Home > Projects/Reports > Lowering the Drinking Age Essay

Lowering the Drinking Age Essay

Alcohol is an element that has short term and long term detrimental effects on individuals. It is crucial to highlight that alcohol is a depressant drug that constrains the coordination, vision, multi-tasking ability and the decision making ability of an individual. These alcohol effects constrain intensive activities, such as driving, because driving involves multiple actions and proper mental functioning. In this regard, it is arguable that lowering the drinking age will encourage more accidents and death.

It is crucial to highlight that alcohol has a multiplier effect in terms of influence to engage in drinking. When the authorities lower the drinking age, the teenagers who meet the threshold age will easily influence the younger teenagers towards consuming alcohol (Black, 2010). When the minimum drinking age is 19 years, the 18 and 17 year old teenagers are highly likely to obtain alcohol from their older counterparts. It is vital to stress that minimal age differences means that involved individuals perform similar activities. In this regard, they will engage in both constructive and destructive behavior patterns. The higher number of teenagers who drink suggests that they will be high likelihood of accidents in the roads.

Lowering the Drinking Age Essay

Lowering the drinking age is a disastrous strategy because it targets a population of individuals who are highly likely to be immature. Responsibility is an idea that improves in an individual as one grows. In turn, an individual should possess the responsibilities that are in tandem with one’s age. At a young age, a person cannot handle a significant number of responsibilities because one does not possess the maturity to control the factors that involve the particular responsibilities. Lowering the drinking age means that the society endows younger people with the task of self control.  Self-control is not an easy concept for young people because they mostly employ their intuition to make critical decisions. On the other hand, a mature person will exploit one’s rationality in making critical decisions. This concept explains why younger individuals are highly likely to drink excess alcohol than their body can contain. In the end, more accidents and death aces become frequent since more individuals consume alcohol in levels that easily deter their judgment.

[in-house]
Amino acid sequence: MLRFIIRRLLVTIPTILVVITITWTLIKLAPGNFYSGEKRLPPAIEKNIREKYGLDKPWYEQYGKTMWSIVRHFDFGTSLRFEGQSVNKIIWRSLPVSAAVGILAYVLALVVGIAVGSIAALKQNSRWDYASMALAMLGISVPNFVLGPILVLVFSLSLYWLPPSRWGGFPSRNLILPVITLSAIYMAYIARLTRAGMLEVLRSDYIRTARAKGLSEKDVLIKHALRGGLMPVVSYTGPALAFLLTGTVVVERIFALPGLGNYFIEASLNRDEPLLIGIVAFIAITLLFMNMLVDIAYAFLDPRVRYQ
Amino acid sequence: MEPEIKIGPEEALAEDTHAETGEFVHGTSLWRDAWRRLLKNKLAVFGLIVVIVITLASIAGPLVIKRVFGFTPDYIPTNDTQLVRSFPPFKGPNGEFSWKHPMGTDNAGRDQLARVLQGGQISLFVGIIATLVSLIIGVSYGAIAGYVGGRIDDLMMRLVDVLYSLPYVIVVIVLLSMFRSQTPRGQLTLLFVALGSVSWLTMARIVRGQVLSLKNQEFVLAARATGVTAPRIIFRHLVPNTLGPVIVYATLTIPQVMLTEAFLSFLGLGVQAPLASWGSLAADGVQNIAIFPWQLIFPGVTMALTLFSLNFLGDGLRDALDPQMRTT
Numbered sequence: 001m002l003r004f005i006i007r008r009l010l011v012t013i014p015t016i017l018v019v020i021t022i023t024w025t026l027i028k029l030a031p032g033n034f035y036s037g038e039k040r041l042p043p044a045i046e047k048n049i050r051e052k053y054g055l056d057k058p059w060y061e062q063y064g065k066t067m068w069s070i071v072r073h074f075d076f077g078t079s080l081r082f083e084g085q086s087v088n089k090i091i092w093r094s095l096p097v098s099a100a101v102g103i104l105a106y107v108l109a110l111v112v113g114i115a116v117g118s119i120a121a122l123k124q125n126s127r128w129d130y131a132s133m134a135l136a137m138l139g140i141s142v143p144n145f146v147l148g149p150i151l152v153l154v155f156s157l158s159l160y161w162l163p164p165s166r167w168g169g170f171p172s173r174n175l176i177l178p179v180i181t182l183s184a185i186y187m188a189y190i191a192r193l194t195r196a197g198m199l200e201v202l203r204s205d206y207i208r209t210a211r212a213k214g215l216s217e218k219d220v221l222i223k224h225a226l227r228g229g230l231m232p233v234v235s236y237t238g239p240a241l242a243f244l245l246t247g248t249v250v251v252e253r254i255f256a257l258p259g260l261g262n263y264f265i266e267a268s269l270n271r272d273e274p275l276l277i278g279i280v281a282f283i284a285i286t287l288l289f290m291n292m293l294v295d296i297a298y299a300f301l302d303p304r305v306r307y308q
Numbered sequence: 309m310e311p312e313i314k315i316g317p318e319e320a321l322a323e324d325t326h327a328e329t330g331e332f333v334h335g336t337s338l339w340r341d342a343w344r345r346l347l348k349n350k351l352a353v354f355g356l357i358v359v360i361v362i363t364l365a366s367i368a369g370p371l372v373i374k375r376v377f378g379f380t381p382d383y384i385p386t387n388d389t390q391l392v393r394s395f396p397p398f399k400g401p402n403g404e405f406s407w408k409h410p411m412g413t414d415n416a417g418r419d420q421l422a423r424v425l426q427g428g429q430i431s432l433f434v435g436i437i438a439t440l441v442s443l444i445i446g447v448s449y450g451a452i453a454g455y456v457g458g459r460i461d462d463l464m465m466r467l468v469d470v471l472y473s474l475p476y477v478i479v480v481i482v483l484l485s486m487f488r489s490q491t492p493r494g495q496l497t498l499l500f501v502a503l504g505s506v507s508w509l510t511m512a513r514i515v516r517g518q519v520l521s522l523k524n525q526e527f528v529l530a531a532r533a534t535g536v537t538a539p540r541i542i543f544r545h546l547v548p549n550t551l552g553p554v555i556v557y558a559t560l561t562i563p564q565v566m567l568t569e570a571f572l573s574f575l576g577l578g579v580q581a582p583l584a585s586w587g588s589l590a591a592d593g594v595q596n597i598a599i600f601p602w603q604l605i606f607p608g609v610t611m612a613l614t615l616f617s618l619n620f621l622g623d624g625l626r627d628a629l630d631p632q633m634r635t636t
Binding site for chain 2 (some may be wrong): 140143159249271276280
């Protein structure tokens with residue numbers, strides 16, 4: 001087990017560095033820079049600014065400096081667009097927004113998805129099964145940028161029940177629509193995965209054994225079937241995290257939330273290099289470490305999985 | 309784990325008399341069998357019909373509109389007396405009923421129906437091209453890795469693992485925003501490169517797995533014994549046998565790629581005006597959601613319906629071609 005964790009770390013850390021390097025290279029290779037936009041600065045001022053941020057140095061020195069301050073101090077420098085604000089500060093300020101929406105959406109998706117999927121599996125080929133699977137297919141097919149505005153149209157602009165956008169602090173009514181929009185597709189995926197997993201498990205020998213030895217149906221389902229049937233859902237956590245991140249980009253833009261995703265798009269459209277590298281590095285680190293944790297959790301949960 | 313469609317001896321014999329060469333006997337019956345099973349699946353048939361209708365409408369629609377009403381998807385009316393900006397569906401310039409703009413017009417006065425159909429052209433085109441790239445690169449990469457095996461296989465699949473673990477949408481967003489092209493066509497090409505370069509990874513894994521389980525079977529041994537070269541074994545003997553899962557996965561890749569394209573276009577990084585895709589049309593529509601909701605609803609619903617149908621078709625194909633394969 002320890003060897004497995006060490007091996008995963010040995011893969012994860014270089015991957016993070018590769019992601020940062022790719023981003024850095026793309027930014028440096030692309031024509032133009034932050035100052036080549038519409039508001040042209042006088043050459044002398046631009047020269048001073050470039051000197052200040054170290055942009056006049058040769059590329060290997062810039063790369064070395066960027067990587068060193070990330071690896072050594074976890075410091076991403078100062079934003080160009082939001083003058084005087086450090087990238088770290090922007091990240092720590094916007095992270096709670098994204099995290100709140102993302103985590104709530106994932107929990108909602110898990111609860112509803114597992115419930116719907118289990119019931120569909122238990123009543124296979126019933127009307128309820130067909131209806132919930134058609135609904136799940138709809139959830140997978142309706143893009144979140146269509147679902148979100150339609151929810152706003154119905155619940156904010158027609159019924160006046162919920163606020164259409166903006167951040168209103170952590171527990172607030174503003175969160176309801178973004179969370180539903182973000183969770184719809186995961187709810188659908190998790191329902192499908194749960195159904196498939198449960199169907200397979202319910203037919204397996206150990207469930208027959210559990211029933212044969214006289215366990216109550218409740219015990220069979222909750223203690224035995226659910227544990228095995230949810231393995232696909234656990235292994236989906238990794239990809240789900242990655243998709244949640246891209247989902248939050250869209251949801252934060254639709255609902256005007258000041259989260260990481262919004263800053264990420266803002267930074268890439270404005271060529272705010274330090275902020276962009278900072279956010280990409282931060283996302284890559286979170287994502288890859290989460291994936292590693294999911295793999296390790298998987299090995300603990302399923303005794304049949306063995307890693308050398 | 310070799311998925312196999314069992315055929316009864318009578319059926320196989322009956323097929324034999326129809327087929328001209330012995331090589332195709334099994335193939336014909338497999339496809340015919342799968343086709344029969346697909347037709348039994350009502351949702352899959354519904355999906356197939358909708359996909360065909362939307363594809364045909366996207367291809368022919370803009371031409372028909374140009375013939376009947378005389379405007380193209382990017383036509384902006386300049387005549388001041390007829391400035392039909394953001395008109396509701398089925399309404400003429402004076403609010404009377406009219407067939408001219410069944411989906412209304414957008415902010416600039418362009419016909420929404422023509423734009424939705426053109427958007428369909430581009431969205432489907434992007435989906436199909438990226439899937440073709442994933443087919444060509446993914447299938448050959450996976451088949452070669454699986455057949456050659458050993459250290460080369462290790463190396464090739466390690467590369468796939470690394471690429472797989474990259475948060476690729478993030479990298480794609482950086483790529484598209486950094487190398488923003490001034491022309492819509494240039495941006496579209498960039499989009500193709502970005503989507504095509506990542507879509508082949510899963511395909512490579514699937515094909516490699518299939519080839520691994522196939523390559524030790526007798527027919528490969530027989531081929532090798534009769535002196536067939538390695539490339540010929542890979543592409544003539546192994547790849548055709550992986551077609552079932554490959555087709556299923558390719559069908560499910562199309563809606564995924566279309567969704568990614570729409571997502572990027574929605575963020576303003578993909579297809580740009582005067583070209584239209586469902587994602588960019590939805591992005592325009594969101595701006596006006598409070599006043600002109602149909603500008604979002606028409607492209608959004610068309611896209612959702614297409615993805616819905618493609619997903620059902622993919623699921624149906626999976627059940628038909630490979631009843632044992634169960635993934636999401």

Early alcohol use possesses long term effects on the development of teenagers’ brains (Heather & Stockwell, 2004). Research on brain development proves that early alcohol use may deter brain development in younger individuals. Recent research proves that the brain is one of the rare organs that physiologically changes beyond childhood. During adolescence, brain development shifts from the creation of cells to the establishment of proper neural pathways. These developments enhance the ability to examine consequences and improve stress management in individuals. When alcohol deters these developments, the society braces for more deaths because individuals cannot adequately examine the consequences of particular actions.

It is discernible that lowering the drinking age will increase more accidents and death in terms of drunk driving. Consumption of alcohol has a multiplier effect on the lower ages. When the authorities lower the drinking age, the teenagers who meet the threshold age for drinking are highly likely to influence younger peers towards abusing alcohol. Lowering the drinking age is an act that accords more responsibilities to immature individuals. At a young age, a teenager cannot majorly make rational decisions. This aggravates the problem of drinking which further spurs the rate of accidents on the roads. Alcohol also deters the development of teenagers’ brains. Such individuals grow up as people who cannot examine consequences and make proper choices.

References
  • Black, R. (2010). Alcohol in popular culture: An encyclopedia. Santa Barbara, CA: Greenwood.
  • Heather, N., & Stockwell, T. (2004). The essential handbook of treatment and prevention of alcohol problems. Chichester, UK: Wiley.

Related Posts

Leave a Comment